David Cameron clashed repeatedly with Nicolas Sarkozy today after the French President tried to exclude Britain and non-eurozone countries from a critical Brussels summit to rescue European banks.
By Bruno Waterfield, Brussels
During two hours of bitter exchanges during a meeting of all 27 EU leaders before a crisis summit of the eurozone’s 17 members on Wednesday, President Sarkozy fought hard to get the Prime Minister barred from talks that would finalise a 100billion euros cash injection into banks.
”We’re sick of you criticising us and telling us what to do. You say you hate the euro, you didn’t want to join and now you want to interfere in our meetings,” the French leader told Mr Cameron, according to diplomats.
Mr Cameron supports steps that the eurozone is taking to boost its banks and bailouts funds as part of wider moves towards closer fiscal union in order to avert a European debt crisis that has threatened to plunge the global economy into a slump.
But he fears that regular meetings of the euro’s 17 governments will lead to the creation of a Franco-Greman dominated “caucus” or a bloc that could hijack the EU’s single market for its own ends, damaging the British economy by imposing regulations that benefit Paris or Frankfurt over the City of London.
”There is danger that as the eurozone comes together that those countries outside might see the eurozone start to take decisions on some of the things that are vital to them in the single market, for instance financial services,” he said.
Following strong and vocal support from Sweden and Poland, Mr Cameron secured agreement that he and non-euro countries would be invited to the bank rescue summit next week, even at the price of having to reschedule his planned trip to Australian and Japan.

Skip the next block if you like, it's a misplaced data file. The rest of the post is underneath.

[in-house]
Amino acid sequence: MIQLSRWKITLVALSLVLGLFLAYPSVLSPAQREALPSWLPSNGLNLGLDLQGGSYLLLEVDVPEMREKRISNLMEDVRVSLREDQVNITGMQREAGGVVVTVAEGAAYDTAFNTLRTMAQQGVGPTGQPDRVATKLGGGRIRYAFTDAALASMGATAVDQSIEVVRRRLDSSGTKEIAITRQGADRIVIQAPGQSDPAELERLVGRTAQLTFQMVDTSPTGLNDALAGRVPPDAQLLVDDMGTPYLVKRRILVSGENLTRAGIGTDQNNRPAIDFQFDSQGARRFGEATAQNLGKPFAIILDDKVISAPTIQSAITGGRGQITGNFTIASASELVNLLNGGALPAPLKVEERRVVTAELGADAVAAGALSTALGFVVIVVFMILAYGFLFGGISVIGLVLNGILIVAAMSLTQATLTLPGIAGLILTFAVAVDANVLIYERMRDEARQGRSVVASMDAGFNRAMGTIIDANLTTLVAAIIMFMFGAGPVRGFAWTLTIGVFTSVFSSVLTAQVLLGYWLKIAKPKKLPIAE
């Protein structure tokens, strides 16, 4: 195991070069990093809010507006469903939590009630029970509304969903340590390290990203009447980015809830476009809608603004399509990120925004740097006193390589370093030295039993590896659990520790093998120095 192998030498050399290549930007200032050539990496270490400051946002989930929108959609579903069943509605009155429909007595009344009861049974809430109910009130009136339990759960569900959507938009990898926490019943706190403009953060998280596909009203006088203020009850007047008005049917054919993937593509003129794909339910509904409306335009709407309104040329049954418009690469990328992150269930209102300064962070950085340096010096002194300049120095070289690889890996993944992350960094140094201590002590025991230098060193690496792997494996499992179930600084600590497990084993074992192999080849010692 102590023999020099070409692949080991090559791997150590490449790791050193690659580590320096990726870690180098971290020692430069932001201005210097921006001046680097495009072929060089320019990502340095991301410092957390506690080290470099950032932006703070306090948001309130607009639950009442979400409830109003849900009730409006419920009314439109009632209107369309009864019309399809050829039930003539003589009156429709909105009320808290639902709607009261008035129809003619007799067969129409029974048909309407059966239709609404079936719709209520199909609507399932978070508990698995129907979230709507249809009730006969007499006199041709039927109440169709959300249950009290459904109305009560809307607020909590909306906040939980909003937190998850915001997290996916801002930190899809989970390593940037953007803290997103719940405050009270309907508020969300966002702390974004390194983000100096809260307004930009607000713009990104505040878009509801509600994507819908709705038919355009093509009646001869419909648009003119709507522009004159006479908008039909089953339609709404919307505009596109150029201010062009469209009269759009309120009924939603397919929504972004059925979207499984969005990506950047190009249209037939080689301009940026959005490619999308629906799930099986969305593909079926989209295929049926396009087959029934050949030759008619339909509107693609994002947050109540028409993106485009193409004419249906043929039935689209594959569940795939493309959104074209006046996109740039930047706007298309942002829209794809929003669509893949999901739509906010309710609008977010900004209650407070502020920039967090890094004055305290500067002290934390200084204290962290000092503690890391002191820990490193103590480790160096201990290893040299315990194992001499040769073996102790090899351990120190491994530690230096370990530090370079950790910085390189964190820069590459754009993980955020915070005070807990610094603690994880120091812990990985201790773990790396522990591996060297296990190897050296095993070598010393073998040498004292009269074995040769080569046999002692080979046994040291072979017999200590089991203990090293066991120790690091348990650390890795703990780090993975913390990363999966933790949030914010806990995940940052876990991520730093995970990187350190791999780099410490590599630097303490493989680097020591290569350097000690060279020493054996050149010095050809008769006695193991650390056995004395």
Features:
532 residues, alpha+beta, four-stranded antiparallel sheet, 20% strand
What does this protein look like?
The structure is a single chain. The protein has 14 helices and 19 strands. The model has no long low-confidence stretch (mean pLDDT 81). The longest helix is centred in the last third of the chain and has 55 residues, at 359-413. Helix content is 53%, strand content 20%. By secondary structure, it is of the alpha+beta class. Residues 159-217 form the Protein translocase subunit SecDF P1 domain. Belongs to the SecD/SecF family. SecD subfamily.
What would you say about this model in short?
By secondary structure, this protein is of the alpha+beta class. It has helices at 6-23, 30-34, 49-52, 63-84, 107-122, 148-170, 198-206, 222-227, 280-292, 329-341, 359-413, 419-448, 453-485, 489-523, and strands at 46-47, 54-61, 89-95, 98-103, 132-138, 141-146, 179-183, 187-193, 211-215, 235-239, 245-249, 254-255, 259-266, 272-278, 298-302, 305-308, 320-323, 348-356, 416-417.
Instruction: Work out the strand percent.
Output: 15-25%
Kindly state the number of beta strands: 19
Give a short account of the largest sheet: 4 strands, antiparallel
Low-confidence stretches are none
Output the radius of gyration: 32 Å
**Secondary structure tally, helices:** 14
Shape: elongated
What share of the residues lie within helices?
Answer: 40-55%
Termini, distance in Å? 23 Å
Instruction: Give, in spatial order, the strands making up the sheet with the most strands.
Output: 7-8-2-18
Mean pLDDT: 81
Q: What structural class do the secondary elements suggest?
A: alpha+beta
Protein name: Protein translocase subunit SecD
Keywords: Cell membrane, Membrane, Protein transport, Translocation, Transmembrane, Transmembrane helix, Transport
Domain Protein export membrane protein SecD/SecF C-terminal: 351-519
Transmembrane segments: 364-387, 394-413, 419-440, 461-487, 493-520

He also won a fight to include a “safeguard clause” that the eurozone would not be allowed to take any decisions on issues, such as regulation of financial services, that affected all the EU’s 27 members.
”I have secured a commitment today that we must safeguard the interests of countries that want to stay outside the euro, particularly with respect to the integrity of the single market for all 27 members.
The EU text, described as a “major victory” by British diplomats, calls on the European Commission “to safeguard a level playing field among all member states including those not participating in the euro”.
Amid growing Greek anger, strikes and conflict, Herman Van Rompuy, the EU president, said that “further steps will be needed” to impose austerity and praised European leaders for defying popular opposition to bailouts and Brussels-IMF imposed austerity measures.
”Some of those steps were and are unpopular; be it measures taken in your countries or our joint decisions taken here as a Union,” he said. “I thank you for your political courage, often underestimated.”
But Jerzy Buzek, the president of the European Parliament warned the summit that growing public anger over the EU’s handling of the crisis could endanger plans to change European treaties towards greater fiscal union.
”I am concerned, however, that our citizens might not be ready for another round of referendums and ratifications,” he said. “MEPs keep telling me that in their constituencies, many people now see Europe as part of the problem, and not as part of the solution.”
www.telegraph.co.uk, 23 Oct 2011